By Shiro Gaitho
She walks into the room slowly, scared she might not come out. She doesn’t want to be there, but she feels she has to be. This was not the easiest decision to make, but in her position, she feels she has no choice.
Her partner walked in before her, and went straight to the front desk. She chooses to sit on one of the nasty-looking plastic chairs arranged in a neat row with their backs against a wall. She doesn’t even notice the colour of the wall. She always notices colours, she loves colours. But now she’s too terrified to notice her surroundings.
Her partner calls her to join him at the front desk. He’s filling out a form and he needs some details. She’s not in the mood to talk, but she goes ahead and tells him what to fill in the blanks. She walks back to the plastic chair. On a normal day she would have sanitised the chair first, but today she doesn’t care, all she wants is to get out of there. Wait. On a normal day she wouldn’t even be there in the first place.
A guy comes out of a room and calls her name. She didn’t give the name she usually uses, so she ignores his call. He calls out a second time, a third time. Her partner taps her gently, tells her it’s time. She stands up hesitantly. A part of her wants to run away, and go curl up in her bed. She just wants to be alone, to lock out the world and its noise. This is not fair. She shouldn’t be here.
She walks slowly towards the guy. He says hi. Her response is a muted ‘hi.’ This is not the time for pleasantries, there’s nothing pleasant about this place. He asks her a couple of questions. She doesn’t want to answer them, but she has no choice. She wants to break down and cry, to turn back time to two months before then, and change the events of that day. Memories are playing out in her head. Pictures, conversations, actions, all coming at her at such speed that she can feel them whizz past her ears. She’s feeling light headed, she doesn’t want to go through with this, but she feels as if she has no choice; like too much is at stake.
The guy is done with his questions. She feels like her privacy has been violated. But it’s about to be violated even more. She’s directed to a room to change. What she has to wear is flimsy and fugly, and definitely not what she’s used to.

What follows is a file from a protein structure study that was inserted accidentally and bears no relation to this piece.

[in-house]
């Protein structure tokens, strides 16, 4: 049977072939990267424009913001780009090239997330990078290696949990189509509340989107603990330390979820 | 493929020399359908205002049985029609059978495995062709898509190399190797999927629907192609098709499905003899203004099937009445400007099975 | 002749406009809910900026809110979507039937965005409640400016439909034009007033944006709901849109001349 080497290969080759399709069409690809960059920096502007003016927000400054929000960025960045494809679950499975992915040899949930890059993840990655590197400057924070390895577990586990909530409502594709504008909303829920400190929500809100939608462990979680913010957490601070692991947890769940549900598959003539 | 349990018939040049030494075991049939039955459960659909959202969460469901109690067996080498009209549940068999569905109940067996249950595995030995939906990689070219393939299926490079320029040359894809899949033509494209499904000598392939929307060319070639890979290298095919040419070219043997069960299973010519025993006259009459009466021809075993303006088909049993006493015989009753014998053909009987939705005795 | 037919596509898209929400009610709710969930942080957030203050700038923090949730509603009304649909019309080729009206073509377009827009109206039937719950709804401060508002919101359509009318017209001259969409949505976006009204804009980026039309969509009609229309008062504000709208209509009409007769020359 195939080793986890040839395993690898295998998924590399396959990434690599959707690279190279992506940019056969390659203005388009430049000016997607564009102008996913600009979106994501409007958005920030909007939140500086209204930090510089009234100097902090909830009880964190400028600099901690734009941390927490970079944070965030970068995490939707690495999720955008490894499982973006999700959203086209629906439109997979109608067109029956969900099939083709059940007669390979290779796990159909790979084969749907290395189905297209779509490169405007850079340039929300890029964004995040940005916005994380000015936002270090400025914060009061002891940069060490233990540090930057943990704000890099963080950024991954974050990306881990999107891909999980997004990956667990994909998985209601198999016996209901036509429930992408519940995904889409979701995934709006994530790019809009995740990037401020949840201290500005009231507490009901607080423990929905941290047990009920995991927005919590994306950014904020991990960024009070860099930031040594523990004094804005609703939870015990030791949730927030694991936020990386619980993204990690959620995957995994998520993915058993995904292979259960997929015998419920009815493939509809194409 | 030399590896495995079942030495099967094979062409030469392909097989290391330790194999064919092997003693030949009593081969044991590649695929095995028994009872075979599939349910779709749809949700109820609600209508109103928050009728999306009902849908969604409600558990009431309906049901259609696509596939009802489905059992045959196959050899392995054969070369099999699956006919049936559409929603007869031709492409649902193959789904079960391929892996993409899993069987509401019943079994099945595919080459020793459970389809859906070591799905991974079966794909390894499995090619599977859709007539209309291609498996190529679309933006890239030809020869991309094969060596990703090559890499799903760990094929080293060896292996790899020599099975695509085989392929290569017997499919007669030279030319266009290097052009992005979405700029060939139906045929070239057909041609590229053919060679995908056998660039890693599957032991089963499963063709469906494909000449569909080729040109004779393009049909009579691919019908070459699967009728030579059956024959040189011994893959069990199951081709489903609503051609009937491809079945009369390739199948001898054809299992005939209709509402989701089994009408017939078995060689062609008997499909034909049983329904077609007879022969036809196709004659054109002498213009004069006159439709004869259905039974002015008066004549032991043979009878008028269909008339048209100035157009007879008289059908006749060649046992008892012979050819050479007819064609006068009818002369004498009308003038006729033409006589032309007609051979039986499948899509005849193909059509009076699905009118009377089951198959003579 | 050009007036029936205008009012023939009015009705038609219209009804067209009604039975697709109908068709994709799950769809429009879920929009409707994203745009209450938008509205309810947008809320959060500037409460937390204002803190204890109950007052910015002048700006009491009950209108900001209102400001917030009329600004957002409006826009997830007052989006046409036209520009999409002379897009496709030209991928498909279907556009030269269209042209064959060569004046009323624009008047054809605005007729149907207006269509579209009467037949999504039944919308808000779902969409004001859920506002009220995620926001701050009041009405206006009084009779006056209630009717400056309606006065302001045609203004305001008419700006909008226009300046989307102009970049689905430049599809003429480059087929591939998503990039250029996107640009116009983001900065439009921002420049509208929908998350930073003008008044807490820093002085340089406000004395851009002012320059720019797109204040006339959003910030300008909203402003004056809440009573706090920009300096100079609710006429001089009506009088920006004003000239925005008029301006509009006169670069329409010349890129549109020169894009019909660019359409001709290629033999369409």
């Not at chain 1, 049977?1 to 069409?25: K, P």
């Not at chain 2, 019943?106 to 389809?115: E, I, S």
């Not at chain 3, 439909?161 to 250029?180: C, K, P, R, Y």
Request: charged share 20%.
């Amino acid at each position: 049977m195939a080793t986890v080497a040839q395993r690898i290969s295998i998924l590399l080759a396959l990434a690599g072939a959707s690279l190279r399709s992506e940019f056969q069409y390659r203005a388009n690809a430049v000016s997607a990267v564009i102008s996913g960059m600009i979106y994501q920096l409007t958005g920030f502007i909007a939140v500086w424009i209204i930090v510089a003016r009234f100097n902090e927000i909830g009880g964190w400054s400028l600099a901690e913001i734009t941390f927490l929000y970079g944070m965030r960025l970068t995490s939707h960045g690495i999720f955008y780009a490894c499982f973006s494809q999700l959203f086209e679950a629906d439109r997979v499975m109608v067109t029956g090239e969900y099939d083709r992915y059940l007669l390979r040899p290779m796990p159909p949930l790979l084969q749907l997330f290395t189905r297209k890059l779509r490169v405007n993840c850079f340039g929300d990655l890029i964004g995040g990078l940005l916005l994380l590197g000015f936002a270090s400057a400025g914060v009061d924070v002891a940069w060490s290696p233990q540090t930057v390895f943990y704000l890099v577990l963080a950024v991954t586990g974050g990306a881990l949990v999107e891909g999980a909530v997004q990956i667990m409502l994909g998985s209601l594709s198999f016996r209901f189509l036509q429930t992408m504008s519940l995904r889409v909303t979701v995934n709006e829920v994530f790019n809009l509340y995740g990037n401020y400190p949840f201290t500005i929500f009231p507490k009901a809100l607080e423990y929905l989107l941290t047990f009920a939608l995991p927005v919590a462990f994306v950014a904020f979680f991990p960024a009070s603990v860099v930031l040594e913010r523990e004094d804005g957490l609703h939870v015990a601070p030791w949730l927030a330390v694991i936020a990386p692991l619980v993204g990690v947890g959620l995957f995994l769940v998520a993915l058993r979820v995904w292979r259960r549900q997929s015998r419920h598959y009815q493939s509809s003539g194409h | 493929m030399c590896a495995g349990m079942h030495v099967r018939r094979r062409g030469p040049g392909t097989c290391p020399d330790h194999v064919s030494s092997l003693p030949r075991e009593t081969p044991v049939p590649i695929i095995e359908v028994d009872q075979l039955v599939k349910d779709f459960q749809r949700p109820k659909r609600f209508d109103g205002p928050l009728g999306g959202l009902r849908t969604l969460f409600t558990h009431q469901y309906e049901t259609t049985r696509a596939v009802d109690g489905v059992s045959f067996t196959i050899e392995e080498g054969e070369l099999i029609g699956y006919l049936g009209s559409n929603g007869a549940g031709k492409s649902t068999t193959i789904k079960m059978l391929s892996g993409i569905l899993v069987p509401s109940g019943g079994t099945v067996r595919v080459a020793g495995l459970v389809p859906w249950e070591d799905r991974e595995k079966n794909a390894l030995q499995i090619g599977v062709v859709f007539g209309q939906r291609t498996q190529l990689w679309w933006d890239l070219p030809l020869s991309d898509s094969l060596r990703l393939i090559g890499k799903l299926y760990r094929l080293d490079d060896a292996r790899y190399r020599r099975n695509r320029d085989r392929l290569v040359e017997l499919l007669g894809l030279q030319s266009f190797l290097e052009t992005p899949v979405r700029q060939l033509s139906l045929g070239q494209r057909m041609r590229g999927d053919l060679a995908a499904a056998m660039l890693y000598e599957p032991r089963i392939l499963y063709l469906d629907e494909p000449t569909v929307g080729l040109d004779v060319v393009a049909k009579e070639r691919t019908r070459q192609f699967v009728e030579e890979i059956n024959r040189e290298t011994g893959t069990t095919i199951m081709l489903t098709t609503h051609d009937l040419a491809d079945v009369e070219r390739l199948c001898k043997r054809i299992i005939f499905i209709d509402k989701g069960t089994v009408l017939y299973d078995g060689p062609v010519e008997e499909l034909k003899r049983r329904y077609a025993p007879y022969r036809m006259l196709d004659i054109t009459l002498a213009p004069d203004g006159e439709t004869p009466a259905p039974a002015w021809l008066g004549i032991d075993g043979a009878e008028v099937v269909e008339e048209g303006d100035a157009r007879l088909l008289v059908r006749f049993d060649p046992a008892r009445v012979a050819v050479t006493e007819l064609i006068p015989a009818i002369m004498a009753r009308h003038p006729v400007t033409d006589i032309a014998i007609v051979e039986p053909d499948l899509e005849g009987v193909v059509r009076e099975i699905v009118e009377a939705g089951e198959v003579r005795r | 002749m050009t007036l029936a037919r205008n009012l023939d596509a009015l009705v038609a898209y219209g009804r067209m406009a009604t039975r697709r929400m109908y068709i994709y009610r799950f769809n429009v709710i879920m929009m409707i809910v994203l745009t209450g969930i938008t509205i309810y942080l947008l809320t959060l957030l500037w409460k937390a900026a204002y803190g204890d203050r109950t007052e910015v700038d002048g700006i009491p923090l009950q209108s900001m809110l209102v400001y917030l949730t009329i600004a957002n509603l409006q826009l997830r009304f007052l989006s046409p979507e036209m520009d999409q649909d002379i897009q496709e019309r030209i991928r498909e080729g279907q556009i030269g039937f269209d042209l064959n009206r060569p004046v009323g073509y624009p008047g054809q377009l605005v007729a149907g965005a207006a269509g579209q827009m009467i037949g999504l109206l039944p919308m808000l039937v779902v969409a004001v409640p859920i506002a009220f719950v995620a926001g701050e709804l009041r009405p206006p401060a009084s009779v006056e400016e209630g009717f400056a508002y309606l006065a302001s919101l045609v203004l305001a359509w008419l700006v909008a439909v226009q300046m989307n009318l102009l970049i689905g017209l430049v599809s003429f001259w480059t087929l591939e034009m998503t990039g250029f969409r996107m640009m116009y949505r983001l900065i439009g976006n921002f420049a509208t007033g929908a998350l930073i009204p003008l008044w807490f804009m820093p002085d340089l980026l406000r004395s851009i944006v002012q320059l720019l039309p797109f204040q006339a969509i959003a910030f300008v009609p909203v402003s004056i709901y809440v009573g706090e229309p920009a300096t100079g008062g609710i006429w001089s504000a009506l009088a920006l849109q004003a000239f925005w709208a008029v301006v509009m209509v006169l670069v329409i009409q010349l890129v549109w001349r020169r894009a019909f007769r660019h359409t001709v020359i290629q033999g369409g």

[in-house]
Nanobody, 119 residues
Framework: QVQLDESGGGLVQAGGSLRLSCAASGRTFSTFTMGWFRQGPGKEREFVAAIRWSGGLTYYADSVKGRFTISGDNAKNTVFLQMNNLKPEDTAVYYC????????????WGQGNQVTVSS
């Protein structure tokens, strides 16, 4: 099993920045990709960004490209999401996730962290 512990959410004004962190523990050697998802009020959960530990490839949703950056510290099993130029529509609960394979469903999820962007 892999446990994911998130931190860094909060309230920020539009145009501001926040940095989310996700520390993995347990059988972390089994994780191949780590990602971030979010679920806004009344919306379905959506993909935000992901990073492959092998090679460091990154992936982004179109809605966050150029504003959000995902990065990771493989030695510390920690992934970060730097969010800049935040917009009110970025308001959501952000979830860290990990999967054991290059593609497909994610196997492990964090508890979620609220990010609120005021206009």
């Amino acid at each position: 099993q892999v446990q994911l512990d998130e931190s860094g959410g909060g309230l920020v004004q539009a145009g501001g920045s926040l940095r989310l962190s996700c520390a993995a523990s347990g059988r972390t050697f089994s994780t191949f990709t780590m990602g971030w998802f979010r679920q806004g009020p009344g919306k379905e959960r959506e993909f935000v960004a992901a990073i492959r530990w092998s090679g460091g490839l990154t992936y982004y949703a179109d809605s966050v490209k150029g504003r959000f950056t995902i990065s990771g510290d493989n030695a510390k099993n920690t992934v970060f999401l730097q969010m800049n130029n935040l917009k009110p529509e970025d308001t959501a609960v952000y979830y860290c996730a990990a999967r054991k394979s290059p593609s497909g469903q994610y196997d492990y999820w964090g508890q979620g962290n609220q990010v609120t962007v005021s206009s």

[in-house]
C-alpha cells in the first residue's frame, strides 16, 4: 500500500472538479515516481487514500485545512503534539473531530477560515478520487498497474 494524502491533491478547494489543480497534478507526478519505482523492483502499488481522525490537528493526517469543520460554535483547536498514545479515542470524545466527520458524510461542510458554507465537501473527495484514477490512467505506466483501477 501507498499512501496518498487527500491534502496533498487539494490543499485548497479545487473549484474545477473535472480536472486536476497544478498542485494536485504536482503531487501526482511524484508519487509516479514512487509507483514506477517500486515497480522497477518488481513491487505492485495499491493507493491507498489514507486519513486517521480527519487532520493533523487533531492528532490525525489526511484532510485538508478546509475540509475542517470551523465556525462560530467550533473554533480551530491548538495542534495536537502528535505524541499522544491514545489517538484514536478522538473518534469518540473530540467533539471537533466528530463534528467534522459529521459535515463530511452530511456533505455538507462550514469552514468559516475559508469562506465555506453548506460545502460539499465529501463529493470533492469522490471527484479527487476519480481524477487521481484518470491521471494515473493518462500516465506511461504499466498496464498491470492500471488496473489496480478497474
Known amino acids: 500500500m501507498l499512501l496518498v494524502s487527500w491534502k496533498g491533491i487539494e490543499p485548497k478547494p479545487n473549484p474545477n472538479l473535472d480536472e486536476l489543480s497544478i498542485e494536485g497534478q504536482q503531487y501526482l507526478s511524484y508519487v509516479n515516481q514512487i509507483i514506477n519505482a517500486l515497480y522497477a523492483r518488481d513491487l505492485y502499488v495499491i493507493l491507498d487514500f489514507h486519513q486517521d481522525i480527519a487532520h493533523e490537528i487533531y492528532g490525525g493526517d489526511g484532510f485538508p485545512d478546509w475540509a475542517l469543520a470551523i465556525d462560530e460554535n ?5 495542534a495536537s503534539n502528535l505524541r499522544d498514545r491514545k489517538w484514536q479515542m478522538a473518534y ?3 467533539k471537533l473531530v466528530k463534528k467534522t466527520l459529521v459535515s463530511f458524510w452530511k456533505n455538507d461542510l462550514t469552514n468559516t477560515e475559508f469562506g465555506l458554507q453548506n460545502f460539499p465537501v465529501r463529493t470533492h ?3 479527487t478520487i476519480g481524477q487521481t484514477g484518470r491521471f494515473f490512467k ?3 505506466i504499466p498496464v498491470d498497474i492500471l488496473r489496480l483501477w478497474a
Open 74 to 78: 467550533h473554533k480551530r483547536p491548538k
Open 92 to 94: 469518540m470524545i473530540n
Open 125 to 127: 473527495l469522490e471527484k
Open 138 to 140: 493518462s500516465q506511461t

Now she’s on the bed. She’s trying to pretend everything is fine, trying to make conversation, but she can’t. The shot knocks her out. She’s numb. Her world has gone black. She’s trying to stay awake, but a small part of her wants to die. The darkness engulfs her. She’s looking for help, wishing someone, anyone, would just reach out and help her. But there’s nobody. She’s all alone. She’s whimpering softly. She wants to be brave, to be a brave little girl like she was taught to be. But she can’t help it. She gives in to the darkness, lets it swallow her. She figures if she embraces the darkness, then she can learn to be comfortable with it. It’s all she has right now.
It’s all over now. The darkness has given way to a bright light. Is she dead? She’s seen in the movies that people move towards a bright light when they’re dying, it’s supposed to be like a portal to heaven. But this can’t be heaven. In heaven there’s no pain, and right now she’s in pain.
She’s disoriented, she wants her darkness back. It was nice there, there was no pain, there was no guilt, there was nothing but an endless stretch of velvety black darkness. But she can’t go back there; she can never take it back. She has no idea how long it took. Her only memory is of darkness, and a pain so bad she’s never felt anything like it before.
In a few minutes she’s out of the room. She’s having a hard time walking, but she’s trying to be brave. Her partner tries to make small talk, but all she can think of is the realization that her life has changed forever. She’s grateful to be alive, but a small part of her wishes she was dead. Dead like the one she just killed.